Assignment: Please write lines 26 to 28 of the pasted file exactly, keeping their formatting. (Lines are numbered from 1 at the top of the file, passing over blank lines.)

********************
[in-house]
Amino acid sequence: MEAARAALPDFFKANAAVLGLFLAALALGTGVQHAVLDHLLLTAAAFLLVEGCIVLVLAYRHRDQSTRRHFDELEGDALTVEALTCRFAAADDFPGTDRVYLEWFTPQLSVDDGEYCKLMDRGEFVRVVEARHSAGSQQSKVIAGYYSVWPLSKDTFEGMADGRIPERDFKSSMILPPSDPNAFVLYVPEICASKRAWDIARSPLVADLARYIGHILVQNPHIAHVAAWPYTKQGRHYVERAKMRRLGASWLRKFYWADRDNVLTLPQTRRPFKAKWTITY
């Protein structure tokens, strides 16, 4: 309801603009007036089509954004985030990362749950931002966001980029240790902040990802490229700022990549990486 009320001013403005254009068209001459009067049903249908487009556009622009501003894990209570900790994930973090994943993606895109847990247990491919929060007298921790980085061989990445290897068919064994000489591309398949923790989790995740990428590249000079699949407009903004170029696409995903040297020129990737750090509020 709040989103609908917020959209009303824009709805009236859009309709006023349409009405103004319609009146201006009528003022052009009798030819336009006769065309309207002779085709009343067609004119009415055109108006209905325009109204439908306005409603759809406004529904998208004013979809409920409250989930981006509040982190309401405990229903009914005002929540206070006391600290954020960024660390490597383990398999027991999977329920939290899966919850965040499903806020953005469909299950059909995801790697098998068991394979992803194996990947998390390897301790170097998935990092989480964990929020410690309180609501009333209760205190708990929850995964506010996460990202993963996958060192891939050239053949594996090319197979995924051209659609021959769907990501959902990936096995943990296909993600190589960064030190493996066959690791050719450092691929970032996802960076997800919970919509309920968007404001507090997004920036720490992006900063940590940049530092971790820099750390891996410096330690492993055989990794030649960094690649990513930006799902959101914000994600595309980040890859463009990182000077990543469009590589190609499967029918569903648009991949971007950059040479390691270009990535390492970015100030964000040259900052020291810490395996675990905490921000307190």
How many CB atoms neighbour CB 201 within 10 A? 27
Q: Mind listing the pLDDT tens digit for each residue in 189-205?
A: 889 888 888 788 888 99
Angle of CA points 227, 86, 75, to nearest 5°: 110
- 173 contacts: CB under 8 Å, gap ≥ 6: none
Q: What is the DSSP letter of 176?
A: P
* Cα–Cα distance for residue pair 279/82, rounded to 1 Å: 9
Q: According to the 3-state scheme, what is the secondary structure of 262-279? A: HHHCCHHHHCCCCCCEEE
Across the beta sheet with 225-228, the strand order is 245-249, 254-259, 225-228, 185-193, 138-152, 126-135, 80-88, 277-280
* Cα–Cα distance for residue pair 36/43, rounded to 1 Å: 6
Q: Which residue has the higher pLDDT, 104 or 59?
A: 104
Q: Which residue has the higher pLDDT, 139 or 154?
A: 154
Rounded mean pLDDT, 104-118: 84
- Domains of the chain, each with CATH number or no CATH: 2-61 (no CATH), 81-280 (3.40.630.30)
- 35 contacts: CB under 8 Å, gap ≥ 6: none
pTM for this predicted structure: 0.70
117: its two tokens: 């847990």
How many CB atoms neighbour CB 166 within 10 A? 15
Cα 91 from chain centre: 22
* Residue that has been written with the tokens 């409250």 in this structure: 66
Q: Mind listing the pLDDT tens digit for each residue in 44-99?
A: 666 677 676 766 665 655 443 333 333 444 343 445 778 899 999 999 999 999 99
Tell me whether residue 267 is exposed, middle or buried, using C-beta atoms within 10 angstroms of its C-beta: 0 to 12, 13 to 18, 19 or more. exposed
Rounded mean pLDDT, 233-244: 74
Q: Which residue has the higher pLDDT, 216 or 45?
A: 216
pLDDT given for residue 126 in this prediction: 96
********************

* Residue that has been written with the tokens 């409250």 in this structure: 66
Q: Mind listing the pLDDT tens digit for each residue in 44-99?
A: 666 677 676 766 665 655 443 333 333 444 343 445 778 899 999 999 999 999 99